Anyway, this post is about the issue of "metrics" vs "impact".  Making some attempt to quantify research excellence.  Now currently, metrics are out.  Journal Impact Factors are lambasted and Citations (i.e., H-indexes) are out the window.  The accepted feeling is that someone can just read through your paper and make an objective judgement on it. This person will almost certainly not be an expert in your field and if they are they will either be your buddy or your rival!! Mmmm.
Now if it were me I would just stick to the metrics.  It is flawed of course, but if you are going to be judging people, at least a metric system allows people to see where they are at openly.
My feeling is that the reason metrics are being abandoned is because it is too difficult to control, i.e., it doesn't necessarily give the right answer.  So what is the "right" answer.  Well someone once Tweeted:  "The secret of any assessment exercise is to find criterion which put ones self at the top"... oh I think that was me...  Anyway.  I think it is true.  You are a god of research, massive reputation, influence, sit on all the best University Committees and the BBSRC... BUT, once you have split your "output" between a couple of junior academics... and excluded your own funding... your CV may not look any better than a junior academic any more.  Perhaps someone has gotten to their 4 reasonable papers before you and you have 50 papers, but none are really any more than reasonable.  So bingo: "IMPACT"...  now you can look at yours and theirs and say, theirs was in the same journal and has got the same citations, but mine has "impact" and there's doesn't.  Not only that, but "I" will be at the meeting where that totally arbritary judgement is made and the junior academic won't be. QED. "Impact" it is.  I can sit around with my new friends and we can all decide why "our" papers are better than "their" papers.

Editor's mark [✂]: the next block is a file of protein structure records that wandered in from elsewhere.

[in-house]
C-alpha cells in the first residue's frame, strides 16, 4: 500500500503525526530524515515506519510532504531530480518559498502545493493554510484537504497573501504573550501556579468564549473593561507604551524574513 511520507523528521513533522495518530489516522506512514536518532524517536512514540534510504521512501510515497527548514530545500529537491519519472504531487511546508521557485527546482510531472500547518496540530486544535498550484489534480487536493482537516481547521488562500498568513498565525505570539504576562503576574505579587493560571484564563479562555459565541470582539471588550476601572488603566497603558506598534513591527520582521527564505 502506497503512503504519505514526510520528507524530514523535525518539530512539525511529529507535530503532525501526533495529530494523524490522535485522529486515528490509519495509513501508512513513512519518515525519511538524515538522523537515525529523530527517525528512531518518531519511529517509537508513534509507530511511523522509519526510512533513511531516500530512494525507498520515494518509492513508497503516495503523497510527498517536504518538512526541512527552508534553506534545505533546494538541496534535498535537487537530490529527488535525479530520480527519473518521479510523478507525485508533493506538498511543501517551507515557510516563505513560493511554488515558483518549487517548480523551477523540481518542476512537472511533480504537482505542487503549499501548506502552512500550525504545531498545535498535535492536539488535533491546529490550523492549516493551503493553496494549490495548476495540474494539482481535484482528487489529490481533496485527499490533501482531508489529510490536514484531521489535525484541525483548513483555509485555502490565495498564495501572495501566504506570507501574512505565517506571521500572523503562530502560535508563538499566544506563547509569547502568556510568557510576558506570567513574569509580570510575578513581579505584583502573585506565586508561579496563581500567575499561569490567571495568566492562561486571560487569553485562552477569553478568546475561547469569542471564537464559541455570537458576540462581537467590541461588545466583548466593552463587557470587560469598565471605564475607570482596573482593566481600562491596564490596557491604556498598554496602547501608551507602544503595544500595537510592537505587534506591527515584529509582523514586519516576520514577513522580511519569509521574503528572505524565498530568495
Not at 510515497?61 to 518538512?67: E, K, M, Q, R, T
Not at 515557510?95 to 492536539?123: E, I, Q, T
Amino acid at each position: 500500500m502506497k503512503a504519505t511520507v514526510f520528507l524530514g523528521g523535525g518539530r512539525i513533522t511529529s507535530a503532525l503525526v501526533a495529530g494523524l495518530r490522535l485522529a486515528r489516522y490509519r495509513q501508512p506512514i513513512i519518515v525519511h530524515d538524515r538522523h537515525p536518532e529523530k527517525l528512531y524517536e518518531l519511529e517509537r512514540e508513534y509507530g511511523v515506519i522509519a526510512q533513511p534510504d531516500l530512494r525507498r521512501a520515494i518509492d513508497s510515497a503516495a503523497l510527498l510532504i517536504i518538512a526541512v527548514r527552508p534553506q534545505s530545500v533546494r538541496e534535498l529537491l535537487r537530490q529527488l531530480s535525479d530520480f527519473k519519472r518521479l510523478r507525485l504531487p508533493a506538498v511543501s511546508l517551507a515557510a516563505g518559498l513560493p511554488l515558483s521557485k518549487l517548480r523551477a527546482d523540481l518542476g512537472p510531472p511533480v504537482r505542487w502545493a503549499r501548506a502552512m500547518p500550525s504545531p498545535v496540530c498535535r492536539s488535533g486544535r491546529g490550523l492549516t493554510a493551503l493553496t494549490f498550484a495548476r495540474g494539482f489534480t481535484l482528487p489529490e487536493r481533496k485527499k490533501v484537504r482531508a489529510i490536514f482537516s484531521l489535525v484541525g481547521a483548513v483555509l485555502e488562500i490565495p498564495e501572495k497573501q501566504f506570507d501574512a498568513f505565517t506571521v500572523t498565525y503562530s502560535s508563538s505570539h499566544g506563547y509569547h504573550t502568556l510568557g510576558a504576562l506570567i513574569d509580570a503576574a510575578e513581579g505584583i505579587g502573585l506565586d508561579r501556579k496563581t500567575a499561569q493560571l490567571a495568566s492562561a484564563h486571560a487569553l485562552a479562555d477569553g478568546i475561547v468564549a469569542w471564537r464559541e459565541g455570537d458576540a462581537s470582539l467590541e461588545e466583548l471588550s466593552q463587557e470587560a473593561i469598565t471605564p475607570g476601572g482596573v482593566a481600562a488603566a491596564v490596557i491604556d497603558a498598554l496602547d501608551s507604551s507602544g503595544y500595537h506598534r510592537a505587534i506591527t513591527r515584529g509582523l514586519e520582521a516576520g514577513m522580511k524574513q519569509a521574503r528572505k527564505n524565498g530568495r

Now lets give a numerical example.  I know nothing about football.  But there are two teams I want to compare which is best.  Aston Villa and Accrington Stanley.  OK here is the metric approach.  Aston Villa are in the premiership (publish in high impact factor journals and have a have a lot of citations)... Accrington Stanley are in league division 2 (as or writing, which is a kind of lower impact factor journal and a fewer cites type of division).  I conclude Aston Villa are a better "team".  Now without metrics.  I have watch AS play and they seem to play with high intensity.  When they kick the ball they make a lot of noise and they all seem to pass well and run about a lot.  Aston Villa, well their kits seem to stay cleaner and they have a pretty neat organisation at the back.  They don't seem to run about so fast or kick the ball so hard.  However, since I live down the road from AS's home ground and all my friends follow them I amd going to give them the nod.....